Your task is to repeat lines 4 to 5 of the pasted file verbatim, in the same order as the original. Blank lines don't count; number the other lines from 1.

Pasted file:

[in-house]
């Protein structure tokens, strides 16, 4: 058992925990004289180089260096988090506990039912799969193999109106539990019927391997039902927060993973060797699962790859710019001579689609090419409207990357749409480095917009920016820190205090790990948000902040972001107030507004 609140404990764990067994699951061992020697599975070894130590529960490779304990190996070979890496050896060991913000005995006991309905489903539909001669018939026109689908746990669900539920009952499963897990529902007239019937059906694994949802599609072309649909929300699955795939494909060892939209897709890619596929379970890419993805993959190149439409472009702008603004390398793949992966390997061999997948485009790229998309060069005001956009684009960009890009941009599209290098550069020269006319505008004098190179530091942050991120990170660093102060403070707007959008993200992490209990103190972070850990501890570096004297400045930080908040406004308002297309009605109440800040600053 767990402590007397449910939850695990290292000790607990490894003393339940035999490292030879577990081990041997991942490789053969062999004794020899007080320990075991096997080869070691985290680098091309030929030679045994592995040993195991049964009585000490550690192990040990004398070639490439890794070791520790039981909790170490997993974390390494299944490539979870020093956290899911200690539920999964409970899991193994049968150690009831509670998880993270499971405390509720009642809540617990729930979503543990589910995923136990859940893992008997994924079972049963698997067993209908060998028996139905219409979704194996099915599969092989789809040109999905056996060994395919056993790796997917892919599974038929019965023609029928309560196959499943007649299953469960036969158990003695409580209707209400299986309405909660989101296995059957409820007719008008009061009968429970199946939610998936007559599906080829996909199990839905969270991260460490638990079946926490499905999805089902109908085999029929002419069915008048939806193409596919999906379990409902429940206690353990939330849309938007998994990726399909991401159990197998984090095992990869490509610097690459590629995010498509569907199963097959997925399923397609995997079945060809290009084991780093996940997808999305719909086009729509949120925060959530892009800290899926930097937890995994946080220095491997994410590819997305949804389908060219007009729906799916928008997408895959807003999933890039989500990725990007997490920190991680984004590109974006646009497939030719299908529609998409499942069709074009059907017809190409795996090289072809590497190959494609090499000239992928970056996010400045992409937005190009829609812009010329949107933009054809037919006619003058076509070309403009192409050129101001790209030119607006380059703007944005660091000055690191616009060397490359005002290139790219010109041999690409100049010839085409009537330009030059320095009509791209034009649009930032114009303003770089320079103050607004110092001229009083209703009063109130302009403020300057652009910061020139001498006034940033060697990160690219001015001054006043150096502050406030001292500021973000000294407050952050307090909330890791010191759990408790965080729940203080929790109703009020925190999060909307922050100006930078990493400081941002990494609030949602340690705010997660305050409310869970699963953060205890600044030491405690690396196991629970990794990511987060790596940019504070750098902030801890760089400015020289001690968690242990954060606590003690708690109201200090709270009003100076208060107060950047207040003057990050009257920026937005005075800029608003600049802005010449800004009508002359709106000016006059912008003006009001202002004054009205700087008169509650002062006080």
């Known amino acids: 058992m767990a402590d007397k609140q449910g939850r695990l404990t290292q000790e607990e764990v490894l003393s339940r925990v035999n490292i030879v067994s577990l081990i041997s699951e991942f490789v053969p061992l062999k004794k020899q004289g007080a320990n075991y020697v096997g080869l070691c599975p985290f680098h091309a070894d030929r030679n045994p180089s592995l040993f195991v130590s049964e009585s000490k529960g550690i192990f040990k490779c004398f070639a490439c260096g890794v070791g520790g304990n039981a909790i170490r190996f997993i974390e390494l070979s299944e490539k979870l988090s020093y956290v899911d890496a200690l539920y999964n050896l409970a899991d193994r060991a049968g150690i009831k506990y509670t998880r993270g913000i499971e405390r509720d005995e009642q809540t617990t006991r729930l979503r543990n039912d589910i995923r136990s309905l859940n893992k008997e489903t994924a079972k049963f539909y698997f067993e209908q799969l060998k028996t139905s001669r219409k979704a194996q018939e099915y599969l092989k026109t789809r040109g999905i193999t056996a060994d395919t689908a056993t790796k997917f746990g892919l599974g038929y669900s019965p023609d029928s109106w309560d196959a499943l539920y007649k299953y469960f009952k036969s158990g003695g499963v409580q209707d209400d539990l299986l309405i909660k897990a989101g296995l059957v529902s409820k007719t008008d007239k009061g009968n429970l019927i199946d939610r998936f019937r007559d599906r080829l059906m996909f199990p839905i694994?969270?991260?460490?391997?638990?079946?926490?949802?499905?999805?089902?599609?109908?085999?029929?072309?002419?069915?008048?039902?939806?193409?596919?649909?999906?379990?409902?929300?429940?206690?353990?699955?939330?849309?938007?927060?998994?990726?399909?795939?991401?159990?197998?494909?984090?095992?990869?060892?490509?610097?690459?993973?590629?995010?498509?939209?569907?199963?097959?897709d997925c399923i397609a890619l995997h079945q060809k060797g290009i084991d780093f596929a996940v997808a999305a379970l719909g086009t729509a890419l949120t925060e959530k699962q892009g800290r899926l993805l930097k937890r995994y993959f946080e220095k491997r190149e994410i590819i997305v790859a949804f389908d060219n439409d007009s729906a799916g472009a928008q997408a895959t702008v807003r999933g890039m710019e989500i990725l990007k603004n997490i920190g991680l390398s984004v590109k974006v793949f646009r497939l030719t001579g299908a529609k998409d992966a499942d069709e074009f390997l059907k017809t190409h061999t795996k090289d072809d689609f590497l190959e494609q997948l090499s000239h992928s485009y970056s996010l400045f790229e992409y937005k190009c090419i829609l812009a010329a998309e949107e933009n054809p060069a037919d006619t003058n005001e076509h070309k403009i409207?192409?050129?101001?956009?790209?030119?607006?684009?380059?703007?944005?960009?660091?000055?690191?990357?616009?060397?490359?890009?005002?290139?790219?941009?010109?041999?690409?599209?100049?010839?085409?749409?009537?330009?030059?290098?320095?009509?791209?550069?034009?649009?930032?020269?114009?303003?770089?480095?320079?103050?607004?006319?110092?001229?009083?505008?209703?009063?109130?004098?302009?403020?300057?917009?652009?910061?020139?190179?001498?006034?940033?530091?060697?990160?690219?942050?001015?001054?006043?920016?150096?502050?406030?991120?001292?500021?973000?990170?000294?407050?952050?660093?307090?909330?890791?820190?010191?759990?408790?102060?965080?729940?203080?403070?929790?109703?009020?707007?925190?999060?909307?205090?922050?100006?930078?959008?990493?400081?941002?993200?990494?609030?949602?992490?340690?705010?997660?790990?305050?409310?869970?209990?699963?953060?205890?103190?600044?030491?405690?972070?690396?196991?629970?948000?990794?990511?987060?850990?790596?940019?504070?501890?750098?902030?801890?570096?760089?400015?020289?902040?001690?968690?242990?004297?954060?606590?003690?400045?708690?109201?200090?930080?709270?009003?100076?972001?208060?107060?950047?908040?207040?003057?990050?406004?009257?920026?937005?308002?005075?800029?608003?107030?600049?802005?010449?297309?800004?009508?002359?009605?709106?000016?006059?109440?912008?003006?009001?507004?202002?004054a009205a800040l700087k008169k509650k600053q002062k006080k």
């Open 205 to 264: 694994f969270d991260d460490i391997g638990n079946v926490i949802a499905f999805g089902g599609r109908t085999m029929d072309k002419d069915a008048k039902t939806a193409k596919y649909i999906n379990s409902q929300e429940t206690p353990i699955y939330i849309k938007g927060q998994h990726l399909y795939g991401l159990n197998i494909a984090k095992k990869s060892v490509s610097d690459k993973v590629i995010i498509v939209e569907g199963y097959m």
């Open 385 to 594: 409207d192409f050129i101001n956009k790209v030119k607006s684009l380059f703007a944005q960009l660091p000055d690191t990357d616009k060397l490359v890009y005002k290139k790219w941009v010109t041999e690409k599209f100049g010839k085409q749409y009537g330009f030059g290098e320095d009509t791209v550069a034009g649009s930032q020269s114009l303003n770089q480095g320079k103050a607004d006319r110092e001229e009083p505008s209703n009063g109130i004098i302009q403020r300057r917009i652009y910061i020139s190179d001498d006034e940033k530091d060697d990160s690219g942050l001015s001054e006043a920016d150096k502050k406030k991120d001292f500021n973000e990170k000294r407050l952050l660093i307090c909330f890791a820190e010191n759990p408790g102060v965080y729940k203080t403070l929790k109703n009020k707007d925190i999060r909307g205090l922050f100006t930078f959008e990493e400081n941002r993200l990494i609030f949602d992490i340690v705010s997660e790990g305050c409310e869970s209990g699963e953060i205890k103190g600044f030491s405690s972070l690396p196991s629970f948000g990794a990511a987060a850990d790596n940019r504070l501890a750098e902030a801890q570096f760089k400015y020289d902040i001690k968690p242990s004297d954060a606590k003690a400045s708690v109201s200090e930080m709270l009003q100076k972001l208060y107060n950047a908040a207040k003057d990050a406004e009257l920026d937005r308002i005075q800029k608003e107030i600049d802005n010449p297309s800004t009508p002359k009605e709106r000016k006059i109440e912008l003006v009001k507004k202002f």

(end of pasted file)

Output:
């Open 205 to 264: 694994f969270d991260d460490i391997g638990n079946v926490i949802a499905f999805g089902g599609r109908t085999m029929d072309k002419d069915a008048k039902t939806a193409k596919y649909i999906n379990s409902q929300e429940t206690p353990i699955y939330i849309k938007g927060q998994h990726l399909y795939g991401l159990n197998i494909a984090k095992k990869s060892v490509s610097d690459k993973v590629i995010i498509v939209e569907g199963y097959m």
């Open 385 to 594: 409207d192409f050129i101001n956009k790209v030119k607006s684009l380059f703007a944005q960009l660091p000055d690191t990357d616009k060397l490359v890009y005002k290139k790219w941009v010109t041999e690409k599209f100049g010839k085409q749409y009537g330009f030059g290098e320095d009509t791209v550069a034009g649009s930032q020269s114009l303003n770089q480095g320079k103050a607004d006319r110092e001229e009083p505008s209703n009063g109130i004098i302009q403020r300057r917009i652009y910061i020139s190179d001498d006034e940033k530091d060697d990160s690219g942050l001015s001054e006043a920016d150096k502050k406030k991120d001292f500021n973000e990170k000294r407050l952050l660093i307090c909330f890791a820190e010191n759990p408790g102060v965080y729940k203080t403070l929790k109703n009020k707007d925190i999060r909307g205090l922050f100006t930078f959008e990493e400081n941002r993200l990494i609030f949602d992490i340690v705010s997660e790990g305050c409310e869970s209990g699963e953060i205890k103190g600044f030491s405690s972070l690396p196991s629970f948000g990794a990511a987060a850990d790596n940019r504070l501890a750098e902030a801890q570096f760089k400015y020289d902040i001690k968690p242990s004297d954060a606590k003690a400045s708690v109201s200090e930080m709270l009003q100076k972001l208060y107060n950047a908040a207040k003057d990050a406004e009257l920026d937005r308002i005075q800029k608003e107030i600049d802005n010449p297309s800004t009508p002359k009605e709106r000016k006059i109440e912008l003006v009001k507004k202002f």